This review quiz/activity starts with a quick warm up. It is good to think about units and rates before diving into harder problems. The task asks, “A full gallon is 128 ounces, how many 8 ounce cups are there in a half gallon?”

Unit Conversions Formative Assessment

– Unit Conversions Formative Assessment –

This quick refresher on converting units helps prime students for the next two tasks. Unit conversions will help them model the number of ounces left and then the number of cups left per day.

– Milk Volume Conversion Task –

Evaluate the Reasoning of Others

Students experience how the modeling of the milk differs based on if the unit is ounces or cups. Then, the students are asked to evaluate the reasoning of two hypothetical students, Daria and Amir. Each are modeling the situation correctly but using different units. After doing the task, your student’s responses might look something like this,

– Evaluating Student Reasoning –

This task promotes productive conversations among your students. Ask your students students who answered A or B to elaborate on their good ideas of how to model the situation. It is important to assign competence to students who had some productive thinking. This will help them see they are on track, even if they didn’t recognize both of the correct answers. Hopefully, through a productive conversation, students will come to understand that both Amir and Daria are correct. They are just using different units to model the situation. We recommend you start this discussion with the “reveal answer” button deselected.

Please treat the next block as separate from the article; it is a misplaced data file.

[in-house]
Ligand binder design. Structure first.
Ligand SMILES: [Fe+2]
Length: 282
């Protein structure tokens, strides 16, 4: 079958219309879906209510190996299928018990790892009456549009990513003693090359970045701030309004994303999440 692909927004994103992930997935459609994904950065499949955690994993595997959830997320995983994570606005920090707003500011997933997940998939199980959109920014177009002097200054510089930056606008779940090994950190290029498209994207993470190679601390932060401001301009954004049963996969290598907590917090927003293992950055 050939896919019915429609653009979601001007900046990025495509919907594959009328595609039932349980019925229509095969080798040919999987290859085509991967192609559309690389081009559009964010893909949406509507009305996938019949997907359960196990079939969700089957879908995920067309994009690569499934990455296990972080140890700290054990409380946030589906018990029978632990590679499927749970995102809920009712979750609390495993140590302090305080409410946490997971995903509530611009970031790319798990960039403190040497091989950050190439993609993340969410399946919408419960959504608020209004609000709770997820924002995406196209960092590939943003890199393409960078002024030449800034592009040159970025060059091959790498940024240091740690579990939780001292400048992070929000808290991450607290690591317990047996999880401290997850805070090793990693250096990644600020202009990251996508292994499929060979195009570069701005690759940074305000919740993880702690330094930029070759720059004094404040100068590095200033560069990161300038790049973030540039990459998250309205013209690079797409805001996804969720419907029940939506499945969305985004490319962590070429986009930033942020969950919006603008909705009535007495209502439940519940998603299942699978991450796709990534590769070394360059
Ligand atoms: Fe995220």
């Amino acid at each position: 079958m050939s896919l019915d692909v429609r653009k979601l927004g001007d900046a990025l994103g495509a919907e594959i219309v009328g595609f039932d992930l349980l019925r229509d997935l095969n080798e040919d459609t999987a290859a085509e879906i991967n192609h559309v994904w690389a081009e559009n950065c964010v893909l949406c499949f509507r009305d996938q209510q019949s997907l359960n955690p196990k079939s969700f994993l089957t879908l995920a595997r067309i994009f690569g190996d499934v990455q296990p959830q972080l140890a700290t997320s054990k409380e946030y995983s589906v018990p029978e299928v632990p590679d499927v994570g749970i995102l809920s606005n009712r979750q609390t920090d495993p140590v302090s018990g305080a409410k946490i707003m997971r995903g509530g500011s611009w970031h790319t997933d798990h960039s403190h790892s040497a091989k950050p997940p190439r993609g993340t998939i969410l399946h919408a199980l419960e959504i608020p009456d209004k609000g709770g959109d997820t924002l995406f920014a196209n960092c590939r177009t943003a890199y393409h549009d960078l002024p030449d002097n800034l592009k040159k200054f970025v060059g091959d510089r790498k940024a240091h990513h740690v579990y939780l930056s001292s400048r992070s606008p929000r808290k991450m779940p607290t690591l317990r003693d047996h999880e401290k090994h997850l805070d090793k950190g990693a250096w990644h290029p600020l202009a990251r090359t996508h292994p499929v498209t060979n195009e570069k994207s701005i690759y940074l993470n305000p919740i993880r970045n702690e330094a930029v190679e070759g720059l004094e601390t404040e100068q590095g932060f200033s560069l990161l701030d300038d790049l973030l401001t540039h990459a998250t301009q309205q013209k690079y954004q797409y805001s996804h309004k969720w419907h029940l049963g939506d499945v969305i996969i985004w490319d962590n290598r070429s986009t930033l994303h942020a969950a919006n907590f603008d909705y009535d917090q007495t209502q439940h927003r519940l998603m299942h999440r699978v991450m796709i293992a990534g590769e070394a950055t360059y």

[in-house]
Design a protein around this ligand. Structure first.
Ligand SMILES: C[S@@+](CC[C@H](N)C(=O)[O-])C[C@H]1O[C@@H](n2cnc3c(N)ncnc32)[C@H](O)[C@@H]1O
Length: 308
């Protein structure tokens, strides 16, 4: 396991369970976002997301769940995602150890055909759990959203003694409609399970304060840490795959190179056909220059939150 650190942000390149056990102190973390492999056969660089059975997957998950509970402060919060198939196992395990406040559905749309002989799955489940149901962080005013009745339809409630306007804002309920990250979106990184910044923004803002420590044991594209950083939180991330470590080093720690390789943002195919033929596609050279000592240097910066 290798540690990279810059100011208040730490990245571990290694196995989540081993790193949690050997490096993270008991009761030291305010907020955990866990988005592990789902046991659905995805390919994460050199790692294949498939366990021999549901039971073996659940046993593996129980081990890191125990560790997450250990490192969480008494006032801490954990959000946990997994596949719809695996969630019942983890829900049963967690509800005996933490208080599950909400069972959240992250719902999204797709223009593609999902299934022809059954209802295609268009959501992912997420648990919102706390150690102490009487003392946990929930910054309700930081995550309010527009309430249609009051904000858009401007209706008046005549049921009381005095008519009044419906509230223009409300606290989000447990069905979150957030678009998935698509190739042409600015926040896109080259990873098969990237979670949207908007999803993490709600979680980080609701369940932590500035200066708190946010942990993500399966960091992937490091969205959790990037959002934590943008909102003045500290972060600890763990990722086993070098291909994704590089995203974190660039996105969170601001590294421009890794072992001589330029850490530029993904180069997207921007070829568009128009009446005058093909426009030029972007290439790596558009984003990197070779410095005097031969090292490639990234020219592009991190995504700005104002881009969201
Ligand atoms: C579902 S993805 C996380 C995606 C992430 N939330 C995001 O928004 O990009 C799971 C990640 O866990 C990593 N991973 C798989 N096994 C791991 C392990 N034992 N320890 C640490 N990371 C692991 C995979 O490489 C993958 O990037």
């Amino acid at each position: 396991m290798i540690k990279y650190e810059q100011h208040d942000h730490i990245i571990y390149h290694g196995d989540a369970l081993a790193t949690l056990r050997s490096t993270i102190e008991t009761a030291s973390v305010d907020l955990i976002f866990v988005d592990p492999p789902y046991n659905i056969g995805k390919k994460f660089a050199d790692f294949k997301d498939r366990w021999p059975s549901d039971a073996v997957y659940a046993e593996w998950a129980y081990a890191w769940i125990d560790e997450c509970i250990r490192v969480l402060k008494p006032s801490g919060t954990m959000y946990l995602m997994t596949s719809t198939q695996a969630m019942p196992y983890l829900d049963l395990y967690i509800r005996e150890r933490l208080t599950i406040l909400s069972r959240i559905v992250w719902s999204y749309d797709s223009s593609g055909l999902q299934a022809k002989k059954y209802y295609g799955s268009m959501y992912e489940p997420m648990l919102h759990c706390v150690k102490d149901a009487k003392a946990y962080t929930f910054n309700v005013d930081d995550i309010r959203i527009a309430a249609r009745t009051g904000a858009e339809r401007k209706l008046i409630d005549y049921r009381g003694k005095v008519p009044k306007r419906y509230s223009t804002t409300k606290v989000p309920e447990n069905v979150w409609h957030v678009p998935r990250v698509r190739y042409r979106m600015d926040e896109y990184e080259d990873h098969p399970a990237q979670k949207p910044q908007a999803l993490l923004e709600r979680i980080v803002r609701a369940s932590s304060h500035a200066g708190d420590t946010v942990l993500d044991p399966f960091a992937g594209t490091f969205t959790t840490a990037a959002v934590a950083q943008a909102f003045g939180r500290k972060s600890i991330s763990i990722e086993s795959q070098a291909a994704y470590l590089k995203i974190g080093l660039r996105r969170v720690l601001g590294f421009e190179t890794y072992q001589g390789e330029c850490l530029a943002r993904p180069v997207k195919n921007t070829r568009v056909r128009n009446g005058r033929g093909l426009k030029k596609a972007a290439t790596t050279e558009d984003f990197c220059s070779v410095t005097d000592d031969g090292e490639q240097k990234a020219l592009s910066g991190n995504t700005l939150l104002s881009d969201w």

– Reveal Answer –

Sequences Formative Assessment

The final task is for the students to convert the recursive formulas into explicit ones.

– Recursive and Explicit Formulas –

Woot Math accepts equivalent answers and the correct answer can be either in the form f(n)=… or y= where n is the position in the sequence just like in the first two tasks. After students answer this question, review the answers to make comparisons. Ask them what they notice and what they wonder. How do the slopes of the two lines compare? If they represent the same situation, why does one have a slope of 8 and the other has a slope of 1? With your support, students can draw connections between the two models and the conversion factor between cups and ounces.
 
Get started by previewing the activity right now, or login to wootmath.com and search for Weekly Woot: Patterns and Sequences Rich Task in the Explore Content Gallery.
 
Visit our page on formative assessment for more on how to use these strategies in your classroom